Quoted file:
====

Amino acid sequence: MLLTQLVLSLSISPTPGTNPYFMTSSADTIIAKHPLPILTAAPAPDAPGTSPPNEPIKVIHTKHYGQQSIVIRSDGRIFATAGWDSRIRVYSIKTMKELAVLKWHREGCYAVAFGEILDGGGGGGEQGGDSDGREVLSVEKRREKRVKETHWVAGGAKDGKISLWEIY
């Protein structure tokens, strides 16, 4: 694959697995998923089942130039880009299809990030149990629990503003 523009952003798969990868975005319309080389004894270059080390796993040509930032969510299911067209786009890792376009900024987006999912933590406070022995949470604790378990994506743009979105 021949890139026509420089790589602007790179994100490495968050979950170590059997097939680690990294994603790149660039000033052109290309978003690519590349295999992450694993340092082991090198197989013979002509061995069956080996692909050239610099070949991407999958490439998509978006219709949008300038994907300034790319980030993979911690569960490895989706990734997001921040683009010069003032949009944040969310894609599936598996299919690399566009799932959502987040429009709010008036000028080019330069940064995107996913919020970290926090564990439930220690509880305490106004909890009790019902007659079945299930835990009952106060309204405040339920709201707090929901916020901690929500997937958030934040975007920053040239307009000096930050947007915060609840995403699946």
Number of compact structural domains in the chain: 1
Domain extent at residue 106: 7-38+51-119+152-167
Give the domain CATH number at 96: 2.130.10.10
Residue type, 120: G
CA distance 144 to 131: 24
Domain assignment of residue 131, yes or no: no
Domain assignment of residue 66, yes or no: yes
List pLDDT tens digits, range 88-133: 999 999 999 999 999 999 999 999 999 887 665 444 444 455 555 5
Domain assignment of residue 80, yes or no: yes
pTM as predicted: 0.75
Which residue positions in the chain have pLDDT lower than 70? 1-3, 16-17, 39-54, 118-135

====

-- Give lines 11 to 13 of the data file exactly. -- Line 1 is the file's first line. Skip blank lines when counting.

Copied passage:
Domain assignment of residue 80, yes or no: yes
pTM as predicted: 0.75
Which residue positions in the chain have pLDDT lower than 70? 1-3, 16-17, 39-54, 118-135